A Purely English-Language Phenomenon?
Born in England and having expanded in tandem on both sides of the Atlantic before turning into a pop-culture phenomenon in the United States, fantasy is undeniably an English-language genre. Even today, the translation market skews massively in one direction, and fantasy’s current success bears witness to a globalization of the imagination that is largely dominated by America, the cultural superpower.
Nevertheless, since the 1970s, when Tolkien translations became generalized and role-playing games conquered teenagers around Europe, local fantasy began to emerge in many different European languages.
La fantasy à travers l’Europe
German fantasy, which has a welcoming cultural context thanks to Romanticism and the Brothers Grimm, is the perfect example of that. Ever since Michael Ende and his international bestseller, The Neverending Story (1979), the well has never run dry, and more and more authors have been achieving success. Among them are Wolfgang Hohlbein, who is extraordinarily popular in Germany (Märchenmond (Magic Moon) in 1982); Die Chronik der Unsterblichen (Chronicles of the Immortals), since 1999); Cornelia Funke, a well-known YA author (the Inkheart trilogy, since 2003); Kai Meyer, who has, among other books, revisited traditional Germanic legends (Loreley, 1998 and Nibelungengold, 2001); and Walter Moers, creator of the continent of Zamonia (with the City of Dreaming Books) and his 13½ Lives of Captain Blue Bear, whose hero has been the star of a children’s cartoon series (since 1993), two novels, a film (1999), a stage musical (2006) and more.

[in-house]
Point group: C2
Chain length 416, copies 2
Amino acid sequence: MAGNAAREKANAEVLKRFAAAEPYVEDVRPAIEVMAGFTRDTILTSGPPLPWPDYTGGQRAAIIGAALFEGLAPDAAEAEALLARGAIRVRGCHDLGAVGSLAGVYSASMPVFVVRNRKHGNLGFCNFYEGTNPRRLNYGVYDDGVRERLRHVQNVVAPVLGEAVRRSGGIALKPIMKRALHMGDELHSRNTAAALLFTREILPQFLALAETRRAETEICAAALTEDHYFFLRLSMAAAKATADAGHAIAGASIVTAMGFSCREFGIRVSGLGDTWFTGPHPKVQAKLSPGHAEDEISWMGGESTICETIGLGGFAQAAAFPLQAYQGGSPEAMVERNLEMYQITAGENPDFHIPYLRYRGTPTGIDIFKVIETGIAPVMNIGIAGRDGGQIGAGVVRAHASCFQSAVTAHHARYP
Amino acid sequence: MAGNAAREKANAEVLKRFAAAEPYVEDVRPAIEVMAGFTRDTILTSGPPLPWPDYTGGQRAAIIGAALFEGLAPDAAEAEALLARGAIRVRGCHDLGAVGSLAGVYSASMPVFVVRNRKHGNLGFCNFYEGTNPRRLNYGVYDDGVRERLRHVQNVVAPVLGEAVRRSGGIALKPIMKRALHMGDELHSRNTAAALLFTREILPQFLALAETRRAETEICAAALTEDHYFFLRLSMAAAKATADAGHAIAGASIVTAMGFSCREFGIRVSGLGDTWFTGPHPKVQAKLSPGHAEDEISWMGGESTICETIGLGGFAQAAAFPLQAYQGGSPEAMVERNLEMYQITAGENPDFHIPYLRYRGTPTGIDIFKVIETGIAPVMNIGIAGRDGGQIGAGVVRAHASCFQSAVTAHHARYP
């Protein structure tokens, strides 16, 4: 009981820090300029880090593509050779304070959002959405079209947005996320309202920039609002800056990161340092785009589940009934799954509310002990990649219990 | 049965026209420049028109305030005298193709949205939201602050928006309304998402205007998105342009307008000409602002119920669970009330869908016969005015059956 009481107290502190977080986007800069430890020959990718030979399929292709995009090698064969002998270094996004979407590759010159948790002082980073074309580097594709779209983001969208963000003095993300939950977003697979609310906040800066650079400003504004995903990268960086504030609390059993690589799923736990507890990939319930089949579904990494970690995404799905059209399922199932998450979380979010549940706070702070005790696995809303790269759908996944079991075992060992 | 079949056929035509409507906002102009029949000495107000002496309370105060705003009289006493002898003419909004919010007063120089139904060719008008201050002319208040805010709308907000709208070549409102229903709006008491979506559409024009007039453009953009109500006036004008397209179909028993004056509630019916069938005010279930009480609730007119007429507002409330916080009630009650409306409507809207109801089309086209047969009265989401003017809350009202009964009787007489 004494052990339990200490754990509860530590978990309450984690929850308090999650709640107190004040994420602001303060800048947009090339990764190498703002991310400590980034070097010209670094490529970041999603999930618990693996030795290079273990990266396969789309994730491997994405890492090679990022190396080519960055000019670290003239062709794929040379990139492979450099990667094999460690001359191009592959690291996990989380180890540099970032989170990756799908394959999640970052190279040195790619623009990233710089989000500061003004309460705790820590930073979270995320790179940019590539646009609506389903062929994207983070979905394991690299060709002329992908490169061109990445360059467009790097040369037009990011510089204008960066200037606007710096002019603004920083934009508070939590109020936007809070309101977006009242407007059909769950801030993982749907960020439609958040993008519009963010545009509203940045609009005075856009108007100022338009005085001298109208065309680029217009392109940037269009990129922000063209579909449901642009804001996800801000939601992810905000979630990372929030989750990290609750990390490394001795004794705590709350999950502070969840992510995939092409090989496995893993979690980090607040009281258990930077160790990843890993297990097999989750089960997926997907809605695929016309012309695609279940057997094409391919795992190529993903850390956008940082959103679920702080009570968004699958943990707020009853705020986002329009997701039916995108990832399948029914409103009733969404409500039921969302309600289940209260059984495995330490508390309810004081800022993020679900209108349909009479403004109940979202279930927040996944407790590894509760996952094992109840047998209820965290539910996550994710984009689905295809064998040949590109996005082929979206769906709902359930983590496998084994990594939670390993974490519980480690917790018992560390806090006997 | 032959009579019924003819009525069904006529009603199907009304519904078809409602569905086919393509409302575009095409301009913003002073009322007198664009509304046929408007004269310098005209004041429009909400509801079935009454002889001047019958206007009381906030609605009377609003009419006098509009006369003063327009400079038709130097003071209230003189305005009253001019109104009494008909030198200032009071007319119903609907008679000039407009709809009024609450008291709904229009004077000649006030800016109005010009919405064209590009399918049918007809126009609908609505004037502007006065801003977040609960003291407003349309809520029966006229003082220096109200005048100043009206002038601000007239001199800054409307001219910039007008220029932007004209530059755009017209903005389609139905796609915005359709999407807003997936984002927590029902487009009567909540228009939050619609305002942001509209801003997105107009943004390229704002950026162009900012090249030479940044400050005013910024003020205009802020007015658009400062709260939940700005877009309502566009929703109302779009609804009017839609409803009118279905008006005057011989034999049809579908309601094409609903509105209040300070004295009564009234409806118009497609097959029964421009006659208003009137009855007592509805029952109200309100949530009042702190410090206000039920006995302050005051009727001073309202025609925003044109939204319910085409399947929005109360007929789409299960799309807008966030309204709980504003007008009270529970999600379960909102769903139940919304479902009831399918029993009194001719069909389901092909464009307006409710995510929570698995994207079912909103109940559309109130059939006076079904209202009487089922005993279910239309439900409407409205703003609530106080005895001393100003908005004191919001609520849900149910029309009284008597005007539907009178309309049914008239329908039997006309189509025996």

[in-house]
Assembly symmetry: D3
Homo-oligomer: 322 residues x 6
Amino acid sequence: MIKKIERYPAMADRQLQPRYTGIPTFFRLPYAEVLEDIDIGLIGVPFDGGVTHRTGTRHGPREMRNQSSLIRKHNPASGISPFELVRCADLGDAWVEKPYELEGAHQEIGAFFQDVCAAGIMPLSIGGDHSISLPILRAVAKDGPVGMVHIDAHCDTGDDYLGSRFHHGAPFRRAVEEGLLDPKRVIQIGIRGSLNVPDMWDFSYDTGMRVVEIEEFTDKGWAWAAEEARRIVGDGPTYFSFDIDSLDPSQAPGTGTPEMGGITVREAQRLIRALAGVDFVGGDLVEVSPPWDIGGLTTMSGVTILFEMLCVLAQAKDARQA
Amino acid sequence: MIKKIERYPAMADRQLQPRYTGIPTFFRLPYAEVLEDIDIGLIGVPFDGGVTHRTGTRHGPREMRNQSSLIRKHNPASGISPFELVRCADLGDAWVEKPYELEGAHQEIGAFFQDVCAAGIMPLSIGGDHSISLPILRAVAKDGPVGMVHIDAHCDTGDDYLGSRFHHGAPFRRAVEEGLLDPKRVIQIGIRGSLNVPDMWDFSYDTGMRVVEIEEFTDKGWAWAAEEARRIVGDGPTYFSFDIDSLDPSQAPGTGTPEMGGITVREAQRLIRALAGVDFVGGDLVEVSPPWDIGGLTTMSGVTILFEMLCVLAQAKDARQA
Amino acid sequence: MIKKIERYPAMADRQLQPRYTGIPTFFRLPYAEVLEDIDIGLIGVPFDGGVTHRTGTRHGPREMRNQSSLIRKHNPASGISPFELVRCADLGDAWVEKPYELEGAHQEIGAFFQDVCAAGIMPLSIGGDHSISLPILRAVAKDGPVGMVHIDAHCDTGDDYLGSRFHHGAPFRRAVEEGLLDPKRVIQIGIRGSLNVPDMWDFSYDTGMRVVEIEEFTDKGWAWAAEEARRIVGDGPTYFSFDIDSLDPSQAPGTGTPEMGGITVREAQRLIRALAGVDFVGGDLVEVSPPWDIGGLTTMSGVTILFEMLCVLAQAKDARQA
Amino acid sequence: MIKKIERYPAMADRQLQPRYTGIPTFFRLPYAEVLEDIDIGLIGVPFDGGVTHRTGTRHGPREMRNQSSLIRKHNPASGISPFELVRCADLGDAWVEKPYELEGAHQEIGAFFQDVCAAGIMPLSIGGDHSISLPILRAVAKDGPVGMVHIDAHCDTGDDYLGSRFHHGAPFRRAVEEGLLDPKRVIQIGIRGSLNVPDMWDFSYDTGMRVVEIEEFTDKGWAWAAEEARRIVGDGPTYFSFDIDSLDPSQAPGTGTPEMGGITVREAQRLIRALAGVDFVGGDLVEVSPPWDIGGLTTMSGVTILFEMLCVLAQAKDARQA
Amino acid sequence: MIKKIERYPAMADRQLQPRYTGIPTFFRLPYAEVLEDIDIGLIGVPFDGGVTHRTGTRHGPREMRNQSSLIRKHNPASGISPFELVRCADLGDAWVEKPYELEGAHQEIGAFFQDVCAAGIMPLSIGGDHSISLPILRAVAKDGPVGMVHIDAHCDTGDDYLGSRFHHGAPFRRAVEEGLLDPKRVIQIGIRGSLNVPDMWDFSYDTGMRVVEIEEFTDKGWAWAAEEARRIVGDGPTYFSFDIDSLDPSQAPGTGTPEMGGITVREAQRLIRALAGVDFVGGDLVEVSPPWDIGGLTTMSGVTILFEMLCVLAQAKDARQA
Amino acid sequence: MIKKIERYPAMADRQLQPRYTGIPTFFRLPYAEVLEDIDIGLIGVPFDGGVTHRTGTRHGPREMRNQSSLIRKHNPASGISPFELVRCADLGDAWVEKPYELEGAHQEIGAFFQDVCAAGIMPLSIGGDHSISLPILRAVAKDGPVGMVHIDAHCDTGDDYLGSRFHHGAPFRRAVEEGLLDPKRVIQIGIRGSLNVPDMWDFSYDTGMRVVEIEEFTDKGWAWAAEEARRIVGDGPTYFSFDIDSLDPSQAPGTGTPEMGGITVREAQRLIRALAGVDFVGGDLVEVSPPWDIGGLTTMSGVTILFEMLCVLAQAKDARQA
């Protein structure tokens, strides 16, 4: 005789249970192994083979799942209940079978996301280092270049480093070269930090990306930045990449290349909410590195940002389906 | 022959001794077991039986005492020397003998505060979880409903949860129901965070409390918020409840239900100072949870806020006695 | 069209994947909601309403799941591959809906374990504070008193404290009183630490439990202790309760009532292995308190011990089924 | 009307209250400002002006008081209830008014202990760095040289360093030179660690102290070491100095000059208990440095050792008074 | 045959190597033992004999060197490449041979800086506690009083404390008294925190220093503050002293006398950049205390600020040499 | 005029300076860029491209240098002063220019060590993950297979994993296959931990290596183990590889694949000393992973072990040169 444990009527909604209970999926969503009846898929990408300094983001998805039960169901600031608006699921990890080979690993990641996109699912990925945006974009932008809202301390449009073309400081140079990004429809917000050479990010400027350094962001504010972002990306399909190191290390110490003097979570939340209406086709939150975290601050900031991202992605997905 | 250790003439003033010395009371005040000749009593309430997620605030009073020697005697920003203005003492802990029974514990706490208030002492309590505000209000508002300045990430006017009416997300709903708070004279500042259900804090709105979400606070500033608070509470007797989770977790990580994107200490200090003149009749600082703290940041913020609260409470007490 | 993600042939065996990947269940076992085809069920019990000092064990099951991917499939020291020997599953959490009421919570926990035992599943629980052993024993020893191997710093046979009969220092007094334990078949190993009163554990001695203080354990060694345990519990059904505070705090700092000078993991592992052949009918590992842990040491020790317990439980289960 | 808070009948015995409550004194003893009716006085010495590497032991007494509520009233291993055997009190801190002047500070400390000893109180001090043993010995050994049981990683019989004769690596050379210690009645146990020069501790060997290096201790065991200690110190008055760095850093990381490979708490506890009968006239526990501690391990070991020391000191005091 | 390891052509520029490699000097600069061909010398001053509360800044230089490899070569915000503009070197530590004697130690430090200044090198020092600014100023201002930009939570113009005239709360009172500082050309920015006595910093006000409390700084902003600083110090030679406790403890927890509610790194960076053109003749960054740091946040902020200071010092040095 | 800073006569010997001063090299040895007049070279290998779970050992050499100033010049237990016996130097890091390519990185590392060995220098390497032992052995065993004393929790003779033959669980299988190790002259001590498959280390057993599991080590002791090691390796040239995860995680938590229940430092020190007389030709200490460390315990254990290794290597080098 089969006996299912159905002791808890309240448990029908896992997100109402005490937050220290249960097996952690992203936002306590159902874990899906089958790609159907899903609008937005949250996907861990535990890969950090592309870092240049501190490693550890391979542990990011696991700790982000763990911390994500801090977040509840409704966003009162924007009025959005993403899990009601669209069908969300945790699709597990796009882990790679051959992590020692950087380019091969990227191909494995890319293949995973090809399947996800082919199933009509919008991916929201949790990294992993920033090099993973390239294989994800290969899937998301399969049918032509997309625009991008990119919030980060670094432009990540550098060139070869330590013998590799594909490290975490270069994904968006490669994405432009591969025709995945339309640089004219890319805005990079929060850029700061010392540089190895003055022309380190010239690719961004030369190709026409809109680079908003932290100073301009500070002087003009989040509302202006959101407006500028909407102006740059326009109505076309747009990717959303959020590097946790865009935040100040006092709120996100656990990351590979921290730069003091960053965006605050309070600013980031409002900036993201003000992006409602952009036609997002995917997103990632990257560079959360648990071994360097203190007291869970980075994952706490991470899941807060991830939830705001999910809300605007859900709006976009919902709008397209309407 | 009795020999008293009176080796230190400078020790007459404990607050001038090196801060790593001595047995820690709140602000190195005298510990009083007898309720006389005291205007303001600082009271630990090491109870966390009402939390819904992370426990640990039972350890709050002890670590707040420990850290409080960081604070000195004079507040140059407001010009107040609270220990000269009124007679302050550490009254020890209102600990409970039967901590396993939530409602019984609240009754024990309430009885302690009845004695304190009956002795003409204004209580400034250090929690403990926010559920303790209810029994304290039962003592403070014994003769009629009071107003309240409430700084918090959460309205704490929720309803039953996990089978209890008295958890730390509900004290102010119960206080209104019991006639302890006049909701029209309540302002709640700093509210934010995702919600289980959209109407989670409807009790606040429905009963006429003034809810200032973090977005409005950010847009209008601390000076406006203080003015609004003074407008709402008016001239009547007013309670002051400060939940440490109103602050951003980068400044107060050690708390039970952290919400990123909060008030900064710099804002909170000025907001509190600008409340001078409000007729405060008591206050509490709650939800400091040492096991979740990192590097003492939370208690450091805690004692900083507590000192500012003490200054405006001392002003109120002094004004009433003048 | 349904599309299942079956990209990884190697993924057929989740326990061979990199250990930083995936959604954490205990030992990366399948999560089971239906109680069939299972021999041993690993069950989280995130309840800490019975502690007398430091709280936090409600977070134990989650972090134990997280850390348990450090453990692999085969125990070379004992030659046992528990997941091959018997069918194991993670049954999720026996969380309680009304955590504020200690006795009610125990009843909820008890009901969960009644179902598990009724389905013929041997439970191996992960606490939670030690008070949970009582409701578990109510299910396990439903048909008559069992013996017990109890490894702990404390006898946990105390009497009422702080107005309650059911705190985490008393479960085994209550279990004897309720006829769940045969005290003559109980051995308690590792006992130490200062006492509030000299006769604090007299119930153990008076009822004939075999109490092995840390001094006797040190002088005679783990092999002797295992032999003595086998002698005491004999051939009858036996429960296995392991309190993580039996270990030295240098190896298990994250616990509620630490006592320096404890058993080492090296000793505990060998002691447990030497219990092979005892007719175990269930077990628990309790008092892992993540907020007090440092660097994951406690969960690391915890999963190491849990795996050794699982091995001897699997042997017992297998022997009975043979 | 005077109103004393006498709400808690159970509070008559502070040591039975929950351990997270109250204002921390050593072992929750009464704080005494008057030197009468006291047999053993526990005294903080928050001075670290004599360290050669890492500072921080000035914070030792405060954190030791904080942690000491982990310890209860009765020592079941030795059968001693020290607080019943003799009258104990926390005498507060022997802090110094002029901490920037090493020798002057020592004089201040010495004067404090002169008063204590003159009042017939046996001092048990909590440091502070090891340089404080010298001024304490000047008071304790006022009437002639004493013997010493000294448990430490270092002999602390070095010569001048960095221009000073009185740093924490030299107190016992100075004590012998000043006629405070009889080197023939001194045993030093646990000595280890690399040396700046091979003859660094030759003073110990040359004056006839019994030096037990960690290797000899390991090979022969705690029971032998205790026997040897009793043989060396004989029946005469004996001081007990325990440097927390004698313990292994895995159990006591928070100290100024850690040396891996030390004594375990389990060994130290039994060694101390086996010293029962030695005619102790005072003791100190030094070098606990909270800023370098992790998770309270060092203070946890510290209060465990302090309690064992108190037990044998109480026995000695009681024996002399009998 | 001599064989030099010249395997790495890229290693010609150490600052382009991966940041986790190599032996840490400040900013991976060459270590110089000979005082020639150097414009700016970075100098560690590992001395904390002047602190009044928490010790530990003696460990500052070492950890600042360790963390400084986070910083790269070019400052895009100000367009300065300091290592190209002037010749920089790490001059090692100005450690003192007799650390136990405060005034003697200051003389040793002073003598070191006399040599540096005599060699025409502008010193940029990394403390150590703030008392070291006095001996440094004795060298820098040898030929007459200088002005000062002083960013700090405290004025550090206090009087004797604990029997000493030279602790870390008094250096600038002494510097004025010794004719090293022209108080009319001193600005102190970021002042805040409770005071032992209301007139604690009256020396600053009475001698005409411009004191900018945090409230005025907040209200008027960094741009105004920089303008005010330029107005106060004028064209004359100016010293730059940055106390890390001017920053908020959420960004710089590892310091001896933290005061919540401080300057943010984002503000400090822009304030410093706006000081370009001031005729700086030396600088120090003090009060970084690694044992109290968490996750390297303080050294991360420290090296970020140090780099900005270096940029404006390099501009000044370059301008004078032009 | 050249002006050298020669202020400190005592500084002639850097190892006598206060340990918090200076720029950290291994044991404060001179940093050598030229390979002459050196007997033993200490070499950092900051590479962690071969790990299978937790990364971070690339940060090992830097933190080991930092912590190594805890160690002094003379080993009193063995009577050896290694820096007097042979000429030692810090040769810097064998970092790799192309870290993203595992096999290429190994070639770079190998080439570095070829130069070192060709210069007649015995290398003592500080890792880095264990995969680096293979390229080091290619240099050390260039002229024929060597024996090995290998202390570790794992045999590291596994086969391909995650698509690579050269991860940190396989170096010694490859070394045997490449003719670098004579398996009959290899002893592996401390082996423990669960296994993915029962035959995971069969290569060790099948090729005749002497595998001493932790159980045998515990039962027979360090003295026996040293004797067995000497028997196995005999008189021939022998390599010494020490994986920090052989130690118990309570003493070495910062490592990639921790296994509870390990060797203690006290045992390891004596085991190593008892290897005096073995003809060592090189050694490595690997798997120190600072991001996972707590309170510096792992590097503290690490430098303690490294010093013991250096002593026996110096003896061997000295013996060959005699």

International acclaim for any given language region is often limited to a single star author. That is the case, for example, with Andrzej Sapkowski and his Witcher (since 1986, adapted as a video game since 2007 and a TV series since 2019), who are icons in Poland; and with the Spanish author Javier Negrete and his Tramorea saga (since 2003). But that doesn’t mean that those authors are all those countries have to offer, as can be seen by the vibrancy of French fantasy, for example.
An Intercontinental Genre
It can be extremely interesting to interweave the enchantment of fantasy literature with supernatural traditions that are specific to given cultural regions, such as the Hindu pantheon, Chinese ghost stories, Japanese animist Kami and Yōkai, and African and Afro-Caribbean witchcraft.
South America, for example, has a rich cultural tradition that is frequently associated with the fantastic, like the short stories by Argentinean authors Luis Borges and Adolfo Bioy Casares, starting in 1940, or the magical realism of the Cuban author Alejo Carpentier (Explosion in a Cathedral, 1962), the Colombian Gabriel Garcia Márquez (One Hundred Years of Solitude, 1967) and the Mexican Carlos Fuentes (Terra nostra, 1975).
Similarly, in Africa, The Famished Road (1991) by the Nigerian author Ben Okri, is seen as being part of the “legitimate” school, on the cusp of literary rather than genre fiction. But a new generation of African writers, dominated by women writing in English (Nnedi Okorakor, Nisi Shaw, Lauren Beukes and others), has made the fantasy genre its own.
Until quite recently, it seemed more respectful towards those forms coming from “differentiated” cultures not to assimilate them to a modern, English-dominant genre. But digital media and economic globalization having torn down many borders, we are now witnessing deliberate combinations of supernatural traditions, like the Japanese manga Full Metal Alchemist (Arakawa Hiromu, 2001-2010) and Witch Hat Atelier (Shirahama Kamome, since 2018), and the Sino-American film The Great Wall (Zhang Yimou, 2016).